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Screen is amazing, of course, but I don't want to have to think about it. I often ssh to a machine, start doing a bunch of stuff, and then think "gosh, I wish I had thought to start a screen session before doing all that so I could reconnect to this from home later".

I'd like to have screen automatically started whenever I log in to a machine. And when I get disconnected, I want to be able to immediately and simply reconnect without fussing with "screen -ls" and "screen -dr".

I have a script that implements one solution to this problem which I'll post as an answer. I'm interested to see other approaches.

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8 Answers 8

up vote 12 down vote accepted

Use the following, ssc, instead of ssh. If you just do "ssc remote.com" then it will list existing screen sessions. Give it a 3rd argument and it will connect to that screen session, or create it and connect to it. Either way, if you get disconnected you can just do "up-arrow, enter" in the shell to reconnect. Zero knowledge of screen required! Edit: Thanks to @klochner for extending this to handle arbitrary ssh options. You can now use this just like ssh!

#!/usr/bin/env perl
# Use 'ssc' (this script) instead of 'ssh' to log into a remote machine.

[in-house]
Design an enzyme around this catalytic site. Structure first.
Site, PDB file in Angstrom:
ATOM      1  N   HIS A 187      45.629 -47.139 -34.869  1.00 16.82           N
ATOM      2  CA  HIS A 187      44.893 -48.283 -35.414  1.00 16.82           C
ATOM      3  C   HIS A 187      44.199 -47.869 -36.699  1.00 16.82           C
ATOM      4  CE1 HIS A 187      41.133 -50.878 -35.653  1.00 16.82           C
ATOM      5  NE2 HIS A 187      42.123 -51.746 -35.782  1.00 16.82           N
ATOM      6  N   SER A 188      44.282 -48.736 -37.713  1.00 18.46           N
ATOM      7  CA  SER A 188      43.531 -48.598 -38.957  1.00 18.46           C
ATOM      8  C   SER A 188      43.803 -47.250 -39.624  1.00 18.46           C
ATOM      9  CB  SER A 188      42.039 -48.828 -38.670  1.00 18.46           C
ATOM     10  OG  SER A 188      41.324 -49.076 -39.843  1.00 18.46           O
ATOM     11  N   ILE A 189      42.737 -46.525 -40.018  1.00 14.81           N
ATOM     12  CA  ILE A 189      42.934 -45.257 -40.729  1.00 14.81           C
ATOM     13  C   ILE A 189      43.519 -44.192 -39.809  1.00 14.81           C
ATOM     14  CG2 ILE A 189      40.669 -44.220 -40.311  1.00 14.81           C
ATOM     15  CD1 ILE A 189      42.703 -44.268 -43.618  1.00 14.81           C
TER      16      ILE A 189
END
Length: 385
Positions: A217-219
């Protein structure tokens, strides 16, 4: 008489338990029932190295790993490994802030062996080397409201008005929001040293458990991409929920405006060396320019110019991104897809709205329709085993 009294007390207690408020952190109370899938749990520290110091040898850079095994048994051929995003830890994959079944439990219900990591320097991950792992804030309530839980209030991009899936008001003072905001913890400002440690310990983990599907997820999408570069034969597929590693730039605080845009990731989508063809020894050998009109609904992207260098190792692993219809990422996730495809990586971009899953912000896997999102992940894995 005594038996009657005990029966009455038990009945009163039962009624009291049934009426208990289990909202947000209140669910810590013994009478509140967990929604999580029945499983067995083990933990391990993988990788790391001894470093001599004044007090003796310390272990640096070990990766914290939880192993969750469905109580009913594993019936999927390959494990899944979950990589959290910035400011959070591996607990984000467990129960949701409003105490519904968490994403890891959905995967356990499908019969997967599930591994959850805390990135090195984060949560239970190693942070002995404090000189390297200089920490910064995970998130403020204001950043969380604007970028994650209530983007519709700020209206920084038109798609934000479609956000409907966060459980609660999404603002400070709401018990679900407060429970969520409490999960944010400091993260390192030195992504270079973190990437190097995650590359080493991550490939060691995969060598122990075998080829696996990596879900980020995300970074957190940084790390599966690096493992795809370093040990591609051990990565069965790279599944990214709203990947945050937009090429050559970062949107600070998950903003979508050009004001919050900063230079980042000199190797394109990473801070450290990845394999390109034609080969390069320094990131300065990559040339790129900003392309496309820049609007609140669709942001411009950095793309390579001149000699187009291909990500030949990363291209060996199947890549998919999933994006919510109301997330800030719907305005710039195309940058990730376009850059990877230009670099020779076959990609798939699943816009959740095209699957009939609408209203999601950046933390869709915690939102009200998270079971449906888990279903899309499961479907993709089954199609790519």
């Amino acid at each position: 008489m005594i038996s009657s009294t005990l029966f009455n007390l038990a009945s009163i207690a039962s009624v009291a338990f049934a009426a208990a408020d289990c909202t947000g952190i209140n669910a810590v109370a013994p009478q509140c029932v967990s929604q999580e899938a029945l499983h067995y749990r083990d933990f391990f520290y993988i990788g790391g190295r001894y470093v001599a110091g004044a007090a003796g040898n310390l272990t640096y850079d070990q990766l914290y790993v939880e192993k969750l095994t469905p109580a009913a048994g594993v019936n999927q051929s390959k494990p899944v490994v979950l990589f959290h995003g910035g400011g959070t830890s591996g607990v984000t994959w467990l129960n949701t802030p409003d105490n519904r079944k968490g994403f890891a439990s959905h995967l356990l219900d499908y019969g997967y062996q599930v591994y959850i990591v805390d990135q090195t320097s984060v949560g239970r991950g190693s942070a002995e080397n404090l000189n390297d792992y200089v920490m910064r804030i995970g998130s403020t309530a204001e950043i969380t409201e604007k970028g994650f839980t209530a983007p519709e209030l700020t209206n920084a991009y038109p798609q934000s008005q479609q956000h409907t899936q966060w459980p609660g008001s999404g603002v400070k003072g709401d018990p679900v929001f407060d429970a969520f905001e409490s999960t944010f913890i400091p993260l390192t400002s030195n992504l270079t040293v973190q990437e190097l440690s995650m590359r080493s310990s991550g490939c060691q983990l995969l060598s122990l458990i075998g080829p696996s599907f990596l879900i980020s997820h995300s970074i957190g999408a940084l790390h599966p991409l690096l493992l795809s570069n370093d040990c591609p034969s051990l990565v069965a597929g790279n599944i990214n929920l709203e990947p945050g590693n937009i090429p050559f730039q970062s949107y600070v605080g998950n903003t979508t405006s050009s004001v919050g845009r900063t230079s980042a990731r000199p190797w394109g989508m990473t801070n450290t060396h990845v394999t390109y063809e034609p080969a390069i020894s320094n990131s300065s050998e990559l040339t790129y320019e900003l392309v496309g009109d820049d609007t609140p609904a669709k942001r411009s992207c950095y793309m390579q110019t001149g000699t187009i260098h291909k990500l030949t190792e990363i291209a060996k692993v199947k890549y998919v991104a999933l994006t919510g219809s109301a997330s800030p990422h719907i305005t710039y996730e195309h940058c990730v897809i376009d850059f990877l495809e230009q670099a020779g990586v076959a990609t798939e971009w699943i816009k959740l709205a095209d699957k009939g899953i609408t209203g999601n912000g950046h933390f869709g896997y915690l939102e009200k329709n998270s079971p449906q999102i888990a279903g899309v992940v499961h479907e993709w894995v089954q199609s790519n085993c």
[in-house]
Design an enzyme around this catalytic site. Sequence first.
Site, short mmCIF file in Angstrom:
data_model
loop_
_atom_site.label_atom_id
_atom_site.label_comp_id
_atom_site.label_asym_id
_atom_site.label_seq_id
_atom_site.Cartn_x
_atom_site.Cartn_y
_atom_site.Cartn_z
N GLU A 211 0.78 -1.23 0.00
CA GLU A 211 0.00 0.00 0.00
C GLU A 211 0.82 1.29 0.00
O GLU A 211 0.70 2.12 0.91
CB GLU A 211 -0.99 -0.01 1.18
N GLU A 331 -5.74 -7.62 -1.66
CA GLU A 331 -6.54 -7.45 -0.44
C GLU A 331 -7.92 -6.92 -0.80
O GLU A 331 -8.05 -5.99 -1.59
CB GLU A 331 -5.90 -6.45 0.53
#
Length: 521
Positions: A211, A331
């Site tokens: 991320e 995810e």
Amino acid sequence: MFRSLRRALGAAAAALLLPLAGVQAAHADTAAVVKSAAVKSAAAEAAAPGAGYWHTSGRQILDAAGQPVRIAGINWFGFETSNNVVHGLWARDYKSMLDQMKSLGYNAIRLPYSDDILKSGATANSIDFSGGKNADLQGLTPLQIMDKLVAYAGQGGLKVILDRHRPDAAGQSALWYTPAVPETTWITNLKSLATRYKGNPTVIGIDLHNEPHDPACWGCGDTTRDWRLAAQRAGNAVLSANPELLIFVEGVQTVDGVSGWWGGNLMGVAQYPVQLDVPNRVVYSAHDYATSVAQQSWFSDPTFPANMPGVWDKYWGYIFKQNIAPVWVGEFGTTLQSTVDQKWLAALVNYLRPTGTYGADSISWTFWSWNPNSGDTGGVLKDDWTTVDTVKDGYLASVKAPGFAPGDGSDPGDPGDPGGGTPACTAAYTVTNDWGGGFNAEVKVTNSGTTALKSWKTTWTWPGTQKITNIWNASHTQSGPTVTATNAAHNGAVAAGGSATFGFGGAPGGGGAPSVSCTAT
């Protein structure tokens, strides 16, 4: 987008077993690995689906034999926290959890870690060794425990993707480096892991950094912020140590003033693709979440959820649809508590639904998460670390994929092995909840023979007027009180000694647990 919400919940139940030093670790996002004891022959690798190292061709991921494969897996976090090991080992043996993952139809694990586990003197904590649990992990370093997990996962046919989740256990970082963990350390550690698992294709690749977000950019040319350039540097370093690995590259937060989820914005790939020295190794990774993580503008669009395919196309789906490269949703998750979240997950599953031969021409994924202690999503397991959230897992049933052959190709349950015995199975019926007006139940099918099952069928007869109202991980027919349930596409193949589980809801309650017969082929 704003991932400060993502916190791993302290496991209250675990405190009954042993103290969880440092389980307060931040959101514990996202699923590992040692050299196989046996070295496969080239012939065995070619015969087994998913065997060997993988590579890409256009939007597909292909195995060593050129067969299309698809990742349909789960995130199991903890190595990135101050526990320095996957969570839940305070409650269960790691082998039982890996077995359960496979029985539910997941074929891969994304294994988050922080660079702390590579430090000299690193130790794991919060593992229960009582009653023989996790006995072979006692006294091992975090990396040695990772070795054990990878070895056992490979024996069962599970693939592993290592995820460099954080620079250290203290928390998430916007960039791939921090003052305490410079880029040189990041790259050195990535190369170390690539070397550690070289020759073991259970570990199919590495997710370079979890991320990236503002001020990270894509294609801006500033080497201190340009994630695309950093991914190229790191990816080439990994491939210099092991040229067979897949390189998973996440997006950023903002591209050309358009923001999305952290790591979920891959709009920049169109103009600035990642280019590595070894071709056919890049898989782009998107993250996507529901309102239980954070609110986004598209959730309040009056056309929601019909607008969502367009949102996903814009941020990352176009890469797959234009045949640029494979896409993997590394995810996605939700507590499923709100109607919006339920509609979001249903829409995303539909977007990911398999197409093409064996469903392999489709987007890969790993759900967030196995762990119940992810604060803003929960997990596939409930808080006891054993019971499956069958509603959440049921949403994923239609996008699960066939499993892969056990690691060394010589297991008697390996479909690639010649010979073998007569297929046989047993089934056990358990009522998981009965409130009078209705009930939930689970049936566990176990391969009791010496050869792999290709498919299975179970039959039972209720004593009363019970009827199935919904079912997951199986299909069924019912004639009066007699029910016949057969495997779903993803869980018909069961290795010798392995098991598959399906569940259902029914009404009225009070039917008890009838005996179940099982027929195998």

# Without an argument after the hostname it will list available screens.
# Add an argument after the hostname to attach to an existing screen, or
#   specify a new screen.  Eg, ssc remote.com foo
# The numbers in front of the screen tag can usually be ignored.

# ssh option parsing by @klochner
my $optstring = ""; 
while ($val = shift) {
  if    ($val =~ /^-\w$/)  { $optstring .= " ".$val.(shift); }
  elsif ($val =~ /^-\w+$/) { $optstring .= " ".$val;         }
  elsif ($machine)         { $tag        =     $val;         }
  else                     { $machine    =     $val;         }
}

if (!$machine) {
  print "USAGE: ssc [ssh options] remote.com [screen name]\n";
} elsif (!$tag) {
  @screens = split("\n", `ssh $optstring $machine screen -ls`);
  for(@screens) {
    if(/^\s*(\d+)\.(\S+)\s+\(([^\)]*)\)/) {
      ($num, $tag, $status) = ($1, $2, $3);
      if($status =~ /attached/i) { $att{"$num.$tag"} = 1; }
      elsif($status =~ /detached/i) { $att{"$num.$tag"} = 0; }
      else { print "Couldn't parse this: $_\n"; }
      # remember anything weird about the screen, like shared screens
      if($status =~ /^(attached|detached)$/i) { 
        $special{"$num.$tag"} = "";
      } else {
        $special{"$num.$tag"} = "[$status]";
      }
    }
  }
  print "ATTACHED:\n";
  for(sort { ($a=~/\.(\w+)/)[0] cmp ($b=~/\.(\w+)/)[0] } keys(%att)) {
    ($tag) = /\.(\w+)/;
    print "  $tag\t($_)\t$special{$_}\n" if $att{$_};
  }
  print "DETACHED:\n";
  for(sort { ($a=~/\.(\w+)/)[0] cmp ($b=~/\.(\w+)/)[0] } keys(%att)) {
    ($tag) = /\.(\w+)/;
    print "  $tag\t($_)\t$special{$_}\n" unless $att{$_};
  }
} else {
 system("ssh $optstring -t $machine \"screen -S $tag -dr || screen -S $tag\"");
}

Btw, there's a trick to forcing an ssh session to exit and give you back your local terminal prompt when you lose network connectivity:
http://superuser.com/questions/147873/ssh-sessions-in-xterms-freeze-for-many-minutes-whenever-they-disconnect

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1